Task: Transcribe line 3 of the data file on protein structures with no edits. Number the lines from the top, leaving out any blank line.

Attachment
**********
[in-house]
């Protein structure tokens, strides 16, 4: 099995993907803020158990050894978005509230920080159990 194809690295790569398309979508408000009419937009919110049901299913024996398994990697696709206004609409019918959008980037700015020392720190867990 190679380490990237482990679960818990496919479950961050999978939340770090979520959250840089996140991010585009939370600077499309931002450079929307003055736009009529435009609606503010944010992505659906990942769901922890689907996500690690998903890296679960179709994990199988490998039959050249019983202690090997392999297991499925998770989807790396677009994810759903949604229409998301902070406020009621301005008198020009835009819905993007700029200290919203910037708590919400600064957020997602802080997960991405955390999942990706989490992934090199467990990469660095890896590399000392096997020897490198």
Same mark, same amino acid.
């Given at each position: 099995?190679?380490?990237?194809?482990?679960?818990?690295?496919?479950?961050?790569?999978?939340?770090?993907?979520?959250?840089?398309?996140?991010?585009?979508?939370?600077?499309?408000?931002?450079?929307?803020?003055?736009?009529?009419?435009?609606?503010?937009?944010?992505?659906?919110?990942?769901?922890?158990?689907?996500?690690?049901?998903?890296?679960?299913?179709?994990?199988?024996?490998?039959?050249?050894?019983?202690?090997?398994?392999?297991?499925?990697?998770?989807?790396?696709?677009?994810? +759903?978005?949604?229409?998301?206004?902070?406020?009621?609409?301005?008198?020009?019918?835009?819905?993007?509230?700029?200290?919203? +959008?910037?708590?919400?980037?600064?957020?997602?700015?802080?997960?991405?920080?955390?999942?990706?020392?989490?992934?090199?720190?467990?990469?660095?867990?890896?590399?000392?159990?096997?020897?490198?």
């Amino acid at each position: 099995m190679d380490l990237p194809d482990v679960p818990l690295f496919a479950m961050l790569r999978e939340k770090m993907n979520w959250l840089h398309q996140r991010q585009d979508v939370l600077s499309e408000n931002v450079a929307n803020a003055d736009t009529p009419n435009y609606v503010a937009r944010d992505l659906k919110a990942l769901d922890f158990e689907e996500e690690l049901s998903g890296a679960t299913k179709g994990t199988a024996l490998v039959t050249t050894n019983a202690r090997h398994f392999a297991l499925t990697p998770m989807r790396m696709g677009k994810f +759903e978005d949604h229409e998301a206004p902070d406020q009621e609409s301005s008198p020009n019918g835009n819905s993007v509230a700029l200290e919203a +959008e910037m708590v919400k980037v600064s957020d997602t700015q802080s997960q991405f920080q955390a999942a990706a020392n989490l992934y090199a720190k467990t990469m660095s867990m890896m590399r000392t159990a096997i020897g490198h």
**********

Same mark, same amino acid.